Closure: Pull the kids back into groups and ask them what was the hardest part about writing their commercial?Was it easy or harder to work in groups?Why? (3 min.)

 

Assessment/Evaluation: Pass out a Student Evaluation Sheet (attachment #3) and have the students evaluate each other.Remind them to be honest and tell them that only the teacher will see the evaluations.Pass out a Self Reflection Sheet (see attachment #4) and have the students reflect on how their ideas have changed about equality over the course of the unit.

 

Extension: Groups that finish early can begin to gather props or write dialog lines as necessary.They can also draw pictures of how they want the commercial to appear.

 

Teacher Reflection: What will I change next year?What went really well this time?


Attachment #1

Brainstorm Sheet

What are some good behaviors that you want to promote?How do you want people to act towards each other?What are some bad behaviors you have seen at school or in the community?List some ideas

Attachment #2

Commercial Format Sheet

 

Directions: Think of an issue that is unfair in your school or community and design a commercial that will raise awareness to the school and community.

 

What is the issue you want to present? ________________________________________________________________________________________________________________________________________________________________________________________________________________________________________________________________________________________________

 

 

Write down the message you want people to get from watching your commercial?________________________________________________________________________________________________________________________________________________________________________________________________________________________________________________________________________________________________________________________________________________________________________

 

 

Describe what your commercial will look like in detail.Read though these questions with your group first and discuss them.How many people will be in your commercial?Will there be any role-play?What props will you need?How long is a typical commercial?Will your commercial be too long or too short?Will it be confusing?

________________________________________________________________________________________________________________________________________________________________________________________________________________________________________________________________________________________________________________________________________________________________________

________________________________________________________________________________________________________________________________________________________________________________________________________________________________________________________________________________________________________________________________________________________________________

________________________________________________________________________________________________________________________________________________________________________________________________________________________________________________________________________________________________________________________________________________________________________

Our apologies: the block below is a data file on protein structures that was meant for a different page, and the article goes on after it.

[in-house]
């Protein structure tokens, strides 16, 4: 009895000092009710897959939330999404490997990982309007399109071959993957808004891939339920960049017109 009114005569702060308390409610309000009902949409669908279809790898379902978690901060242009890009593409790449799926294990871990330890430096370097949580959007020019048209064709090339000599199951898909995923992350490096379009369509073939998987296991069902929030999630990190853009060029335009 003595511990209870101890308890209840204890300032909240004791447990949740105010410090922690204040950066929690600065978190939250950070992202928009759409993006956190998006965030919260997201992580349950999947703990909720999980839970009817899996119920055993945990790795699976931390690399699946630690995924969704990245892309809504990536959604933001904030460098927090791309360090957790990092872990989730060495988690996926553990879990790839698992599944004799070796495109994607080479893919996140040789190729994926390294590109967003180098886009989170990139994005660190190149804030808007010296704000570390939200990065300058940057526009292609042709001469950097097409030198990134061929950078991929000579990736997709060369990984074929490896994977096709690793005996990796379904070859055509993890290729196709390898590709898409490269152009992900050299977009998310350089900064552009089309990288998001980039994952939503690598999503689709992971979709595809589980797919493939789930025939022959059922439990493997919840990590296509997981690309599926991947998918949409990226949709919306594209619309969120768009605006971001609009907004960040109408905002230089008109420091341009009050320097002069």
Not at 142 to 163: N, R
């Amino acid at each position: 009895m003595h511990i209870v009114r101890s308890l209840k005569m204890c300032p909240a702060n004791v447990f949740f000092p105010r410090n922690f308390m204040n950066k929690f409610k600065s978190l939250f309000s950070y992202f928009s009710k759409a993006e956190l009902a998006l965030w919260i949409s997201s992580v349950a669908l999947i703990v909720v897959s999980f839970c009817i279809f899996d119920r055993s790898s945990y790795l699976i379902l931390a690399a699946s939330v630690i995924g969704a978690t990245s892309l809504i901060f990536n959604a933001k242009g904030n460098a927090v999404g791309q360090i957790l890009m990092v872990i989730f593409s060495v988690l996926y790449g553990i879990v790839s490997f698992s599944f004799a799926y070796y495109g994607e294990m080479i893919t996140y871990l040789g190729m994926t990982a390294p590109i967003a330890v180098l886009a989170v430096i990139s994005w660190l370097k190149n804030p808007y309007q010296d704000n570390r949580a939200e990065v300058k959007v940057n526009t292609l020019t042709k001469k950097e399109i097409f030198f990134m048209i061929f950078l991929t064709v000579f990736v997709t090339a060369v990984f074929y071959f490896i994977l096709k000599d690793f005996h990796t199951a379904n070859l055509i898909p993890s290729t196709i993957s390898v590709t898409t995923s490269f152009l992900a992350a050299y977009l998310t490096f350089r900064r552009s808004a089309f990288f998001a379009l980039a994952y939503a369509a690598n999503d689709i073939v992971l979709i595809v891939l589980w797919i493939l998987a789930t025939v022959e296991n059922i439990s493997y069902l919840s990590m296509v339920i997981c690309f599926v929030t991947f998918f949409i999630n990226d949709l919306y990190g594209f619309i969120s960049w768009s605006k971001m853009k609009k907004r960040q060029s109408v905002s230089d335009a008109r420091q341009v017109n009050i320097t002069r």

________________________________________________________________________________________________________________________________________________________________________________________________________________________________________________________________________________________________________________________________________________________________________

 
Attachment #3
Student Evaluation Sheet

 

Your Name__________________________________Date_____________________

 

List the names of students in your group and rate their participation accordingly.Then rate yourself.

 

1.________________________†† (Very Good)††† (Good)††† (Poor)

††††††††† Student Name††††††††††††††††††††††††††††††††††††††††† circle one

Why did you give this partner this rating?______________________________________

________________________________________________________________________________________________________________________________________________

 

2.________________________†† (Very Good)††† (Good)††† (Poor)

††††††††† Student Name††††††††††††††††††††††††††††††††††††††††† circle one

Why did you give this partner this rating?______________________________________

________________________________________________________________________________________________________________________________________________

 

 

3.________________________†† (Very Good)††† (Good)††† (Poor)

††††††††† Student Name††††††††††††††††††††††††††††††††††††††††† circle one

Why did you give this partner this rating?______________________________________

________________________________________________________________________________________________________________________________________________

 

 

 

4.________________________†† (Very Good)††† (Good)††† (Poor)

††††††††† Student Name††††††††††††††††††††††††††††††††††††††††† circle one

Why did you give this partner this rating?______________________________________

________________________________________________________________________________________________________________________________________________

 

NOW RATE YOURSELF

 

5.________________________†† (Very Good)††† (Good)††† (Poor)